“Full credit to Wrexham in the first half because they really took the game to us. We had a terrible journey down on the bus – not that I’m allowing the lads to use that as an excuse – and we were second best to everything until we got ourselves going.
“Our keeper [Morgan Bacon] had to make some very good saves early on and it was one of his best personal performances, certainly since I got here.”
“It took four hours to get from Penrith to Wrexham and I don’t think I’ve ever seen anything like it,” he explained. “It was the same coming back, but that’s what you get sometimes. I’ve been in first team changing rooms where bus journeys have been like that and all you do is get out there and do the job anyway.
“We looked lethargic and it needed guidance from myself and Dave [Wilkes] at half time. The lads responded and they came out after the break looking very dominant and playing very well.
“A draw would probably have been a fair result but it shows the spirit that’s been building over the last eight weeks or so. They’re turning into fledgling young footballers and the mentality has changed a lot since I first took over.”
“I’m not taking any credit for that because Dave [Wilkes] knows what he’s talking about and what he’s saying to them,” he commented. “The lads have responded very well to what’s been asked of them. I think they’ve learned a lot and that’s showing in the way they perform on match days.
“We’ve said before that we don’t get too stressed by results, because this stage of their career is about learning. Clean sheets and wins helps the changing room but that’s the same at every level. Lads of this age get excited by it and ultimately that makes them perform better.
“They’re telling me it’s the first away win they’ve had for a very long time and that’s something else which has got them buzzing. Football being the way it is you find that they’ll find the learning part easier if results are going their way because they can’t wait to get on the training ground and on the pitch.
“After the game last Saturday I told them to enjoy the way they’d won it but to keep in mind that they have to come into work every day ready to learn more. Their end goal isn’t to win the Youth League, it’s to get themselves nearer to the first team so they’re in with a chance of taking the next step, which is the one they all want to take.”
“The good thing for the lads is that there’s a good feeling around the club at the moment,” he said. “If the first team are doing well it tends to filter through to everybody and everything becomes enjoyable. Learning is a word I use a lot but these lads are still learning about their own bodies, what they can do and how far they can push themselves.
“When it comes down to it, there are so many players who want to be part of Carlisle United’s first team squad and there just aren’t enough places. That means they’ve got to work hard and try to prove that they’re good enough to get a look-in. The gaffer has been great in that respect. The management staff have bought in to what we’re trying to do at youth level and that’s great for us.
“First and second years are being invited to take part in their training sessions all the time and, once they’ve overcome the initial nerves of being in there, they come back feeling great about themselves. That adds to the work we’re doing and we often see them doing different things, or trying things they wouldn’t have otherwise tried.”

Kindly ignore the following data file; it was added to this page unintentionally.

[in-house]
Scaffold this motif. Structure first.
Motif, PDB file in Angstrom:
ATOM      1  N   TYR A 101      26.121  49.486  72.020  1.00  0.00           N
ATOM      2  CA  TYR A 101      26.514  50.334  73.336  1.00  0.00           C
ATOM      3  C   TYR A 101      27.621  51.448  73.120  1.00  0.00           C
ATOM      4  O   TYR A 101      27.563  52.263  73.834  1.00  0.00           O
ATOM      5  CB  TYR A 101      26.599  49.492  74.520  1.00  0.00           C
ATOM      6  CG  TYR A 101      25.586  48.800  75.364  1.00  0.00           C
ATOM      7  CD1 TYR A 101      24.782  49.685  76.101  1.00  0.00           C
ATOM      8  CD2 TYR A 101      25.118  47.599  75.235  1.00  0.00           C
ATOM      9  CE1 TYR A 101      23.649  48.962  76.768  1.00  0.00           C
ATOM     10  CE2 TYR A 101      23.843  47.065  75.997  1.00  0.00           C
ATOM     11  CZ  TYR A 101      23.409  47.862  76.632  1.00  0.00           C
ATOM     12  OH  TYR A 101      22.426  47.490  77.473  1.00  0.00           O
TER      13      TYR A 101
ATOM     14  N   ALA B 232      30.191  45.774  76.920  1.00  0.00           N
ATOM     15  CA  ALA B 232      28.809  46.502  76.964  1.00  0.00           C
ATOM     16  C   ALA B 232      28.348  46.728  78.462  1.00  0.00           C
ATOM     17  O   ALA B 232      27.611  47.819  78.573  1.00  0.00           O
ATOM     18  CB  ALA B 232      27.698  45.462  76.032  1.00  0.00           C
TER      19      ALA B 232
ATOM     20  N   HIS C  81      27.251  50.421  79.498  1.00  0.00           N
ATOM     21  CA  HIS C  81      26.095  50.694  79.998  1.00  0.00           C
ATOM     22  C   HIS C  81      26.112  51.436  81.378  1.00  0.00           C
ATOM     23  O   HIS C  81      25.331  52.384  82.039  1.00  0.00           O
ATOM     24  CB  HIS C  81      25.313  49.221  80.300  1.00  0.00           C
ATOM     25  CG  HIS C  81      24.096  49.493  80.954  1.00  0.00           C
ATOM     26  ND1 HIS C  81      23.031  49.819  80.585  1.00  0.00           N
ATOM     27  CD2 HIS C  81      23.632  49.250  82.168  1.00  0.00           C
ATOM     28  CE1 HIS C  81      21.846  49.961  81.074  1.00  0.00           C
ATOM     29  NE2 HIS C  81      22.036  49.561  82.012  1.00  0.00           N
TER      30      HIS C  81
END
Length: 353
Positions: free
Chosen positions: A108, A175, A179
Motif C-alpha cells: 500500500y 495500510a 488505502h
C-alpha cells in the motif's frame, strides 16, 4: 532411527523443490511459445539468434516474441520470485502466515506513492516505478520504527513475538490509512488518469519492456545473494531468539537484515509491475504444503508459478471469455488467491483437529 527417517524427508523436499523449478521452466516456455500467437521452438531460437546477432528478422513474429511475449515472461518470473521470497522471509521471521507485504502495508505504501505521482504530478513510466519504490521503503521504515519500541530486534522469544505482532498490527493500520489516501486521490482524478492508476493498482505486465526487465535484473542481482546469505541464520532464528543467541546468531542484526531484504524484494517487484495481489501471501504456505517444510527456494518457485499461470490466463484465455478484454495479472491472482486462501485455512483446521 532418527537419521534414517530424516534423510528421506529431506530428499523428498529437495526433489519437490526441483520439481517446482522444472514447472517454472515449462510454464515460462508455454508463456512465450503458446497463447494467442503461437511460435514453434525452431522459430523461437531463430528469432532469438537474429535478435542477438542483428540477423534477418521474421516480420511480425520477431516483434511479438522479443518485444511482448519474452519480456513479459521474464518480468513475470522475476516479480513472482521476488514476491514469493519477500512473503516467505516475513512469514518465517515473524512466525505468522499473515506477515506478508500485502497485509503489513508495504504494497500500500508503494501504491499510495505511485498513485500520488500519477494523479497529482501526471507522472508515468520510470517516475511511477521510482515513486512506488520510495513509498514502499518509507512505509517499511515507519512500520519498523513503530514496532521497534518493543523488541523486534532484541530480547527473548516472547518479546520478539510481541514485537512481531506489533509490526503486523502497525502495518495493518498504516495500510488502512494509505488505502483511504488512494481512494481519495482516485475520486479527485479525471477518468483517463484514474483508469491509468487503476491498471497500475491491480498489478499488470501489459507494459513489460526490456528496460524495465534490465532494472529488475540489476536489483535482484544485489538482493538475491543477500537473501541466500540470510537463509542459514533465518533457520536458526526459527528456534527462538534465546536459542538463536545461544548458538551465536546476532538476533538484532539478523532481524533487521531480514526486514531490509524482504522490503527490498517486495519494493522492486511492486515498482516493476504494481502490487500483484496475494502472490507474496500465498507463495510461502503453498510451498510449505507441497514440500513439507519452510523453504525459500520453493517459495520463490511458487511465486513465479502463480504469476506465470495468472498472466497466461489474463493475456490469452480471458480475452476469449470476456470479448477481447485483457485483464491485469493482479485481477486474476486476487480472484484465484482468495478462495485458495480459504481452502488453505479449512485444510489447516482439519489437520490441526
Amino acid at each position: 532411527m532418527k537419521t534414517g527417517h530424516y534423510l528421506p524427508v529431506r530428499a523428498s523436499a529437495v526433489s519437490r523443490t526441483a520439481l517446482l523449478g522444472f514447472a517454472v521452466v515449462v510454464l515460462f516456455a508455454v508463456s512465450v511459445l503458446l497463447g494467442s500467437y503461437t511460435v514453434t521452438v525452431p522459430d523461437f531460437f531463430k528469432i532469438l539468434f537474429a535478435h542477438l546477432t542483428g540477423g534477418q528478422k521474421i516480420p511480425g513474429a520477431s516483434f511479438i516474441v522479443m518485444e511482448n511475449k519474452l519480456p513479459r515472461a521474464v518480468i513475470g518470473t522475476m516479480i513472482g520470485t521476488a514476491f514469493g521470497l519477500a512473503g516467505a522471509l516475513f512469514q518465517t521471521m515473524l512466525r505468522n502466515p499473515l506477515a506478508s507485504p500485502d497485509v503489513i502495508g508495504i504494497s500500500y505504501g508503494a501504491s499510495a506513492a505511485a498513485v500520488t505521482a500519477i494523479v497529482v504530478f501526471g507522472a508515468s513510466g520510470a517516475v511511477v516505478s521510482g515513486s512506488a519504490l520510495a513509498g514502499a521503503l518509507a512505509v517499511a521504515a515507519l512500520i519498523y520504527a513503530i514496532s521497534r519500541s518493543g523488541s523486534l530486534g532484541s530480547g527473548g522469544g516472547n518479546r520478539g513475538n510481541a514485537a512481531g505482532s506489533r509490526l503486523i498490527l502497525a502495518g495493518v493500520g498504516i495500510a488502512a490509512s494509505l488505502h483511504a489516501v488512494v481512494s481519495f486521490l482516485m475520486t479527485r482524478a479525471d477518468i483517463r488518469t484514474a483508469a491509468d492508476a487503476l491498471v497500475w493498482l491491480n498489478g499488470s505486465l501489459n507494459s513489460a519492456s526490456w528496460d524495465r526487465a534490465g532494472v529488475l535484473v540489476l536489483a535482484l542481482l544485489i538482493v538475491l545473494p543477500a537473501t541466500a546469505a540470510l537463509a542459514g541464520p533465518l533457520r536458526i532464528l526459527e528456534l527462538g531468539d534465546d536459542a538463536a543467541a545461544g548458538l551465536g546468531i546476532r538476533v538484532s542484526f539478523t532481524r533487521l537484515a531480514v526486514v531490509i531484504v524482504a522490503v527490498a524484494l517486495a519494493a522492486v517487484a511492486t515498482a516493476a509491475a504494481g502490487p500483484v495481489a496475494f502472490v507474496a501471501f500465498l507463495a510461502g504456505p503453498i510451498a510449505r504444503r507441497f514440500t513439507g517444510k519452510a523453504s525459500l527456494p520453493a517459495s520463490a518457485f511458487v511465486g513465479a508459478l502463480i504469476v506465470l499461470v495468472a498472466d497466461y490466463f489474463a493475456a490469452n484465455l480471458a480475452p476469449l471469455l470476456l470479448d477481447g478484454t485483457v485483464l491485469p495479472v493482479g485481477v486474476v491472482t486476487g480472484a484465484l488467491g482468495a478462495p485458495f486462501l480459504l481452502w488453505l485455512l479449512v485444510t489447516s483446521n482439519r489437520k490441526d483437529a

“I can see ability in all of our lads but you can find, particularly with the first years, that they’re very nervous around the first team environment,” he told us. “I’ve been there myself, and because it’s new you don’t know how to be part of it, or how to grasp it.
“They’re all feeling as if they’re much more part of their own squad now, which is good, but it does all take time. I’ve said before, there were issues we had to address from last year but hopefully we’re there with that now.
“Defensive work needed to be done and the clean sheets are there for everybody to see. Individual lessons are being learned as we go along and they’re working well as a unit. Hopefully we’re on an upward spiral.”
And when it comes to learning, we asked him how he was finding life in his new role now that the season is in full swing.
“It’s a different environment and I know I have to watch my P’s and Q’s,” he said. “You do pick up quickly on how fragile some of these lads are because you can forget that about young men, especially when they’re away from home.
“It’s a tough environment, there’s no two ways about that, and that’s part of the reason why I brought David in. He’s been doing it pretty much all his managerial career and he knows what to say and when to say it. He knows which signs you need to look out for and I’m learning off him all the time.
“I used to take pride in trying to be close to players and finding out as much as I could about them mentally and physically. The mental side of football is big and, with young lads, it starts with things like making sure the accommodation is right for them.
“You’re looking for leaders and followers and, with those who it doesn’t come naturally to, you want to tease the leadership skills out of them as well. As I said earlier, having a buzz around the club helps.
“If you’re enjoying the environment you work in you tend to play your best football. You carry less psychological baggage and there’s no fear in your approach. That will always be when you’re at your best. It’s what’s going on between the ears that is sometimes the downfall for a lot of players, so a happy player has a much better chance.”
United – Bacon, Olsen, Hutchinson, Watson (Hodgson 85), Taylor, Groves, Egan, Breen (Goldthorpe 65), Brown, Salkeld, Cowburn (Lloyd 75). Subs – Ashton.
Goal – Taylor (91)
Next up – United v Hartlepool, Saturday 27 August, kick off 11am